Katie Harsh’s family has been going to Kentucky’s Grayson Lake for years. The man-made lake and its surrounding woods are an area her family knows so well, she said, that they continued to visit even after her father Richard Lea was diagnosed with dementia in 2015.
“[My dad] knew that area and he knew the lake,” Katie said. “He had basically a triangle of the area that he would pace which consisted of where the boat was docked, straight through the parking lot all the way to the bathroom, and then he would walk the tree line and it would circle back down to the boat.”
On September 3, 2018, Katie says she, her husband, and their children were at the Wheeling, West Virginia home they shared with her parents, Richard and Leslie. Richard and Leslie had gone down to Grayson Lake to spend time with Katie’s brother, Jacob, on his pontoon.
“On that particular day, they had all gotten off the boat,” Katie said she would later learn. “And my dad, for some reason, went outside of his normal pacing zone. [When] my brother caught up to him, he was practically out of the parking lot. So my brother started walking him back to the boat.”
On their way back to the boat, Katie told Dateline that her father spotted his wife, Leslie, and went over to her. Seeing his father was safe with his mother, Jacob went back to the boat while his parents took his kids to the playground.
“They got to the playground and my dad started walking around it. And every time he walked around it, the circle would get bigger. My mom would yell for him, and he would come back,” Katie told Dateline. “But the last time she yelled for him, he just ignored her and kept walking.”
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According to Katie, before Leslie could gather her grandchildren and go catch up to her husband, Richard had walked out of sight. It was around 6:30 p.m.
“Instantly, my mom, brother, and sister-in-law started to look for my dad. They saw a park ranger and gave a description to them and they immediately started looking,” Katie said.
Katie says her father, who has been nonverbal for the past year, did not have a cell phone, ID, or credit card on him at the time. There was no way to track him, and the family immediately grew concerned. Katie says that state and local agencies arrived that evening to help search for Richard.
“They searched for him until 3 o’clock in the morning,” Katie said. “Canine units followed his scent up to the road, but then they lost him.”
Shortly after that initial search, Carter County EMA Director Jeremy Rodgers told local NBC affiliate WSAZ his concerns.
“It's tough here. Number one, we're dealing with the lake itself. Then we're dealing with undergrowth once you get into the tree line, things of that nature. There's just this vast area we're trying to cover because we don't have a great exact direction of travel so we're having to search a large area around the lake and marina,” Director Rogers said. “It’s dangerous for searchers who are packing bottles of water with them, let alone someone who is out and doesn't have any access to fluids.”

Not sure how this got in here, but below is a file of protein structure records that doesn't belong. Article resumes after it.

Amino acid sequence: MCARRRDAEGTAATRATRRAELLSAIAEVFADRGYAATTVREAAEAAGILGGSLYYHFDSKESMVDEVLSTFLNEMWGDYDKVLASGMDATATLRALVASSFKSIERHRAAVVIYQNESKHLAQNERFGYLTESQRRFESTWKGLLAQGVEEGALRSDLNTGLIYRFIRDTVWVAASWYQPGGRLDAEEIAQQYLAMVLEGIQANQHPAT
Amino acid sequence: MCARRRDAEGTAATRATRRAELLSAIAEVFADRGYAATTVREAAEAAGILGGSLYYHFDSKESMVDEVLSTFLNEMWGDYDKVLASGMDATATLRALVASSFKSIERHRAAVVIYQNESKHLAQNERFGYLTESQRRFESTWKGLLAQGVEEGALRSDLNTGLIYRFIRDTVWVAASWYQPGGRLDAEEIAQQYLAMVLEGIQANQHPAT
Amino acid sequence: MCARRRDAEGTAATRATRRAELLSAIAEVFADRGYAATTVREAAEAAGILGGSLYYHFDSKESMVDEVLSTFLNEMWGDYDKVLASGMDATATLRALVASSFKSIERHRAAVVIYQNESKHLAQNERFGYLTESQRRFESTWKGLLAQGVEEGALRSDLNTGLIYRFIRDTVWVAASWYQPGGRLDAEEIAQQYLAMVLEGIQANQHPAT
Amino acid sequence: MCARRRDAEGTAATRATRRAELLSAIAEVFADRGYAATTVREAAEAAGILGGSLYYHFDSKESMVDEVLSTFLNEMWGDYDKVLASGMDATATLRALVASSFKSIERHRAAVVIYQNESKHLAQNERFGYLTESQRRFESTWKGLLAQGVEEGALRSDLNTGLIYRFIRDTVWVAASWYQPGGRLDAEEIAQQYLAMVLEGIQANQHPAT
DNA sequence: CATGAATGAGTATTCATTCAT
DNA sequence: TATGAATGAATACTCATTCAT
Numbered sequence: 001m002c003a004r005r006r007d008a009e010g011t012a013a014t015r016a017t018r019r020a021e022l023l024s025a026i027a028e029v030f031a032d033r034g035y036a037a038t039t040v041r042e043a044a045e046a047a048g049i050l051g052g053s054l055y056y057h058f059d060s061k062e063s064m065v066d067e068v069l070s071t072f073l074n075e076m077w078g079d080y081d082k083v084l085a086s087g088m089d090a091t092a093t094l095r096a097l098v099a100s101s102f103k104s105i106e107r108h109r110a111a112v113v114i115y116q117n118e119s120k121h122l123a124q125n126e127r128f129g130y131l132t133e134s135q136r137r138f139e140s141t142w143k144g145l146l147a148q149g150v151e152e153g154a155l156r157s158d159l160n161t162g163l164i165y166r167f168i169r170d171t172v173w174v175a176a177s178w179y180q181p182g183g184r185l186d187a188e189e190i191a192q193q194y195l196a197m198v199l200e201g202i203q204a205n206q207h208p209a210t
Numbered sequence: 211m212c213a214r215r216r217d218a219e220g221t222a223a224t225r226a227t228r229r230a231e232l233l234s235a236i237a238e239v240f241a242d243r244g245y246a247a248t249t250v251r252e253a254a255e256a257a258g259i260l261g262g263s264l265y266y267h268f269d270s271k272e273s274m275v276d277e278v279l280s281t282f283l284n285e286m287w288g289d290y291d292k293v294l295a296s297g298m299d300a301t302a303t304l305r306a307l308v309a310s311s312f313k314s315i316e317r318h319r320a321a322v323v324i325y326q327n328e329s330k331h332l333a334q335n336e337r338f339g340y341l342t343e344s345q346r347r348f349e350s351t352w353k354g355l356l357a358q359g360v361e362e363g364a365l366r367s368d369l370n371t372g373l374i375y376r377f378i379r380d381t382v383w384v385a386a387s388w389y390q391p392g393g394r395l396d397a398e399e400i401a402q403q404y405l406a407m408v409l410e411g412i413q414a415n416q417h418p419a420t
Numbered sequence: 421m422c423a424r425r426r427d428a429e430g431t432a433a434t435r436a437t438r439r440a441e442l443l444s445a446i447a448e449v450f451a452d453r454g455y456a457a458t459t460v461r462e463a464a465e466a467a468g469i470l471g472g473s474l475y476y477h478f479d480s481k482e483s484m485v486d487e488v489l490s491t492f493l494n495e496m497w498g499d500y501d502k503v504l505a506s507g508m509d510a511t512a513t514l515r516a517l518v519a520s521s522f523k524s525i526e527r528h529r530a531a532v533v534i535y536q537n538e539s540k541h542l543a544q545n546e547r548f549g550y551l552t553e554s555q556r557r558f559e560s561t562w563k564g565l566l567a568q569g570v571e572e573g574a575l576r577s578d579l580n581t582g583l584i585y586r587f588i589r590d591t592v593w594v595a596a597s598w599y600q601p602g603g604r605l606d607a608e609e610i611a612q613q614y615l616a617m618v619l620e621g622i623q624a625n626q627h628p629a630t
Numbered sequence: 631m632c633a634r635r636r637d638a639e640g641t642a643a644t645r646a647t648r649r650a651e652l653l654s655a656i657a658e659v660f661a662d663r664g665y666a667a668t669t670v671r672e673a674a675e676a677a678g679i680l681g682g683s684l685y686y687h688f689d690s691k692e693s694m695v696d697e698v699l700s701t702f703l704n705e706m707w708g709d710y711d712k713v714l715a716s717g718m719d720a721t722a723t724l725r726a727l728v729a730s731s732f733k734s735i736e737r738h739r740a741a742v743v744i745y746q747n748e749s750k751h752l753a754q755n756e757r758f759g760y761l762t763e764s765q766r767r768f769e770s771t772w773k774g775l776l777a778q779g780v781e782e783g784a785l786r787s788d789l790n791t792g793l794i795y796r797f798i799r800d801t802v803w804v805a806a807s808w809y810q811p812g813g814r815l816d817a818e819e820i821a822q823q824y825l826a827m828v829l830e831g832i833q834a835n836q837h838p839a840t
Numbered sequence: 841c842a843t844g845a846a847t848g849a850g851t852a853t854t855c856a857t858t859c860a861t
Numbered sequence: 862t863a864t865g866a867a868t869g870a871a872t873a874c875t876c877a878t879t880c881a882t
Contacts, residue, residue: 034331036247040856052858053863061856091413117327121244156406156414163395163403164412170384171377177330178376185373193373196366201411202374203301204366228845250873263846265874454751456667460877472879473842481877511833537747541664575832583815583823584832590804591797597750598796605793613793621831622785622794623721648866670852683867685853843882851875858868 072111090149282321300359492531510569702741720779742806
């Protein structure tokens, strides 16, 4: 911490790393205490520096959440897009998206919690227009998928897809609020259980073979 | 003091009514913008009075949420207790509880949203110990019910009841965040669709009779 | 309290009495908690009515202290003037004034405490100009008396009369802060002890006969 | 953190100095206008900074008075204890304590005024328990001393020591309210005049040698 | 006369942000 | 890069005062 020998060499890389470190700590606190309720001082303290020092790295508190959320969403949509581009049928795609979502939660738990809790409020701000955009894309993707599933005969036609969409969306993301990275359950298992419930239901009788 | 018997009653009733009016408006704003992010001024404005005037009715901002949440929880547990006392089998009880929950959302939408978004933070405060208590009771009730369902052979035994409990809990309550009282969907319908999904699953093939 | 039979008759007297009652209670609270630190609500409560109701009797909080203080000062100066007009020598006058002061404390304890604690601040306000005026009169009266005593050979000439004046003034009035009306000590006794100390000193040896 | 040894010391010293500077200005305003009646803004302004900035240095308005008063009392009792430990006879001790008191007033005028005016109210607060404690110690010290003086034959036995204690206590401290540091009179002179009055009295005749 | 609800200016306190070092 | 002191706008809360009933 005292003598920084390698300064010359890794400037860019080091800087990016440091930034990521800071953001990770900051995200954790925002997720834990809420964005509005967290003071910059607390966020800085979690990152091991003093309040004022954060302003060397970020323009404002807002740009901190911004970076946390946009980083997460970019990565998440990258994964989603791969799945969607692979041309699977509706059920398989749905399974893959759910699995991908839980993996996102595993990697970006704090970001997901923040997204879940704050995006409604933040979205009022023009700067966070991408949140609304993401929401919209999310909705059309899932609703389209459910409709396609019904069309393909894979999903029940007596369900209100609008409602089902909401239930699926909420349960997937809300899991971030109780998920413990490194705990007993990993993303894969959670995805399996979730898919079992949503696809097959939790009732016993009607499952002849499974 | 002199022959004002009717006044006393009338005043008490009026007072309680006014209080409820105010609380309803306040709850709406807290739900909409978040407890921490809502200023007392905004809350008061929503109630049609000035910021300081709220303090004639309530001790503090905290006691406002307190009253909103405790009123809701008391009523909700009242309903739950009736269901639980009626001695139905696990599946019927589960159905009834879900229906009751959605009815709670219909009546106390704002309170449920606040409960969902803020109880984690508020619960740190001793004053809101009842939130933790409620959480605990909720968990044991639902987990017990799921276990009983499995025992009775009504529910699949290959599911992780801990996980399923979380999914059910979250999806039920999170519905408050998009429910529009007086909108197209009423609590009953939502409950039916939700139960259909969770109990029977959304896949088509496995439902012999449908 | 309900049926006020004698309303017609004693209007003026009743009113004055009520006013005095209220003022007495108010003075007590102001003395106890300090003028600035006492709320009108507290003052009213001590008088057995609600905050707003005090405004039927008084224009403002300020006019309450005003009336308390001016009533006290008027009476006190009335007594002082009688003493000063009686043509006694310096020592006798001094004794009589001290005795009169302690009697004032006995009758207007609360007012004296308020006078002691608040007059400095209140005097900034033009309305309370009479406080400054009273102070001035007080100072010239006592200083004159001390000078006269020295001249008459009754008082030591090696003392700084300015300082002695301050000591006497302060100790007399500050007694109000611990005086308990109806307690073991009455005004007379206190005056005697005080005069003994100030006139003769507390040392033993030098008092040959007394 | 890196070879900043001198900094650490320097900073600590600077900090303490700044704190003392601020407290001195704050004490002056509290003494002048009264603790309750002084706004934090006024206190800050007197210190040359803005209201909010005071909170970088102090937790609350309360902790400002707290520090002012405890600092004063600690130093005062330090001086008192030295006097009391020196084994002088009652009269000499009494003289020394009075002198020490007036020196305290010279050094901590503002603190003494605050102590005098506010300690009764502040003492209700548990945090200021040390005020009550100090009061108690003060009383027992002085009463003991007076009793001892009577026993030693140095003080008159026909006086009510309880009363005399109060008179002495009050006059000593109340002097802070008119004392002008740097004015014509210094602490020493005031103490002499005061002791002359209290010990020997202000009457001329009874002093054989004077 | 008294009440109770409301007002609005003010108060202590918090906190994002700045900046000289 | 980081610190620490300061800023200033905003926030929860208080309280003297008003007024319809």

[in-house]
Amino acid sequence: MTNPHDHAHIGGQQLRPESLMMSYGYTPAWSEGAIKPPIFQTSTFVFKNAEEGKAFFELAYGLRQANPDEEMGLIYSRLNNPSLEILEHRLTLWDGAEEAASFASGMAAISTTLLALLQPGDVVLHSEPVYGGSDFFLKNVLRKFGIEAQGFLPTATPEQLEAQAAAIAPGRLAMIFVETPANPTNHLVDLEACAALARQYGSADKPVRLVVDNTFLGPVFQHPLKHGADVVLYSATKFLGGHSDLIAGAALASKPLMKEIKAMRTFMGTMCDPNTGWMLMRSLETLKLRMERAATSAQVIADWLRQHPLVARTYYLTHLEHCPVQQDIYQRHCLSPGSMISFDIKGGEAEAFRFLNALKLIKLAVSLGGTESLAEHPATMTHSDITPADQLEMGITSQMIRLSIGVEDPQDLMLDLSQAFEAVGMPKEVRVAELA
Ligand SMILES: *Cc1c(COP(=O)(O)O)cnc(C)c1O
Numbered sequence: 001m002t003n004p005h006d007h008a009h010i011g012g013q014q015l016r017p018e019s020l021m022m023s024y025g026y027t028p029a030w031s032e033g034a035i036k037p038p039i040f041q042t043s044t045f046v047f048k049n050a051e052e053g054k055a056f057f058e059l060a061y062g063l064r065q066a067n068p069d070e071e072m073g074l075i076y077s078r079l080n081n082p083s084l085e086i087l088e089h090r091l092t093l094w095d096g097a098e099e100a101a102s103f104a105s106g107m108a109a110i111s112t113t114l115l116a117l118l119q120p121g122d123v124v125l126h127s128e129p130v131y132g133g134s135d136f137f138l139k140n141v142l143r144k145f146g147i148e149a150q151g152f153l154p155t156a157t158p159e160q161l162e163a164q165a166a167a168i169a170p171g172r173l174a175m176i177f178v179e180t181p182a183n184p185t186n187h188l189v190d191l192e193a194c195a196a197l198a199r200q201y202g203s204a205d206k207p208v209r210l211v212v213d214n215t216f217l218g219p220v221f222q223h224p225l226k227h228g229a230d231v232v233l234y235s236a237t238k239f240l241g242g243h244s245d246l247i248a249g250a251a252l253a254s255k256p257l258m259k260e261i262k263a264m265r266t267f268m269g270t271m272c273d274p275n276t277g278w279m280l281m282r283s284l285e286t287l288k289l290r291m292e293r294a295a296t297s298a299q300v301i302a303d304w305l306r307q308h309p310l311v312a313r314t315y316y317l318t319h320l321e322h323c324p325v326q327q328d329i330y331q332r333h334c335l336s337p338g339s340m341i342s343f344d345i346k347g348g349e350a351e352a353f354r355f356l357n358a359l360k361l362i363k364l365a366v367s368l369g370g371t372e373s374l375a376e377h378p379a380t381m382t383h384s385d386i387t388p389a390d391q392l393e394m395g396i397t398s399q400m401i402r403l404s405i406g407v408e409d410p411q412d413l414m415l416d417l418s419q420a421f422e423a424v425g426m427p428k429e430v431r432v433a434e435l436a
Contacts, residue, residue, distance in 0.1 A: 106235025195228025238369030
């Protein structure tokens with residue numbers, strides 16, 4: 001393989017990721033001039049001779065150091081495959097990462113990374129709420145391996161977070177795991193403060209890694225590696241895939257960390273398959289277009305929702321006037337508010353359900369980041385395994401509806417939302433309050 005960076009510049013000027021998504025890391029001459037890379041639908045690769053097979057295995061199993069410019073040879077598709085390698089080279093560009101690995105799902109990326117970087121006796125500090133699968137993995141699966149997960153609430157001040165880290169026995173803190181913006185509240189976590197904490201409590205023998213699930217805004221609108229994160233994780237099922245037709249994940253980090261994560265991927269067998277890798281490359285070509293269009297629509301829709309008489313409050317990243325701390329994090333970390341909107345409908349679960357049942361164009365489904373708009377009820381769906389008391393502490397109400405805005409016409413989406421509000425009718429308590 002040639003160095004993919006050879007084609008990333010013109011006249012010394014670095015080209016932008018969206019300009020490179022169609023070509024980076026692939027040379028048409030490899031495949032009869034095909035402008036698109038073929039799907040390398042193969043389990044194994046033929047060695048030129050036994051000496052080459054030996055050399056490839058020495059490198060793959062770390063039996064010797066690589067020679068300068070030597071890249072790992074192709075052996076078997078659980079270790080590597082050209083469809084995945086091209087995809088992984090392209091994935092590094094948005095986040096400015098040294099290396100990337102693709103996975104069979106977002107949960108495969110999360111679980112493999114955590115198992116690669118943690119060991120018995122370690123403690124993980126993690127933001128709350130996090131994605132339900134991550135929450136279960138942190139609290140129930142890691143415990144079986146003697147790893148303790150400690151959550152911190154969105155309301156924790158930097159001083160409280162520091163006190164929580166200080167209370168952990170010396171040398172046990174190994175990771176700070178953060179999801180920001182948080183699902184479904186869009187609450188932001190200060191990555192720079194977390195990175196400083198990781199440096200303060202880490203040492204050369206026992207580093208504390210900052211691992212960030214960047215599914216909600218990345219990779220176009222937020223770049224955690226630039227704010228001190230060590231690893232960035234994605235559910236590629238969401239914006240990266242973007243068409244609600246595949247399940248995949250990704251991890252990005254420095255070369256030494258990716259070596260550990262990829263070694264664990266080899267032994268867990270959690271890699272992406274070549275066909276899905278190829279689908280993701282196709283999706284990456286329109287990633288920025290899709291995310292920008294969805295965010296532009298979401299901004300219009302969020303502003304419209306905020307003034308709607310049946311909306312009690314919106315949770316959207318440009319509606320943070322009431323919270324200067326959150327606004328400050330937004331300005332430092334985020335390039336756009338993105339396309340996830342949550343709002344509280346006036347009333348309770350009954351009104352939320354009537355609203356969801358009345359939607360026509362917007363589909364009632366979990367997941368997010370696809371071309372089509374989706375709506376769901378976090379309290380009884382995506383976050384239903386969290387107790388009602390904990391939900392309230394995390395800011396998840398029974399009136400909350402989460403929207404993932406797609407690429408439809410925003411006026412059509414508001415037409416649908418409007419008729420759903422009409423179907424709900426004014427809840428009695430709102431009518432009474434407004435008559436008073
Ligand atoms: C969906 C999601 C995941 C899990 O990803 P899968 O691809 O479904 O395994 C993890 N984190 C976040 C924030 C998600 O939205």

Two days after Richard disappeared, the Carter County Sheriff’s Office wrote in a Facebook post that the search for Richard had been “scaled back.”
“He is now considered a missing person. All resources have been exhausted. County EM used search dogs, helicopters, ground pounders, divers, sonar, ATVs, firefighters, law enforcement, fish & wildlife, volunteers, and agencies outside and in Carter County,” the post read.
Richard’s daughter Katie says the case has since been moved to the Kentucky State Police, who had not replied to Dateline’s request for comment by Monday evening.
“We haven’t even found a shoe, let alone a shirt or his hat that he had on. Nothing,” Katie said, adding that her family has a few ideas on what could have happened that day near the lake. “One of our theories is that somebody picked him up. But he hasn’t been dropped off at a hospital, nursing home, or police station. We also thought that maybe somebody took him in. But that’s a full-time job to take care of him.”
Regardless of what happened to her father, Katie says she and her family are desperate for answers.
“He’s not even on camera passing a local business. It’s like he just disappeared. We need closure. We need something,” she said.
Richard Lea is described as being 5’6” tall and weighing 140 lbs. He was last seen wearing a tan shirt, blue cotton shorts, gray shoes and a camouflage hat with a “P” on it. If you have any information on Richard’s whereabouts, please contact the Kentucky State Police at (606) 928-6421.
Bianca Hillier covers missing person and homicide cases for NBC News.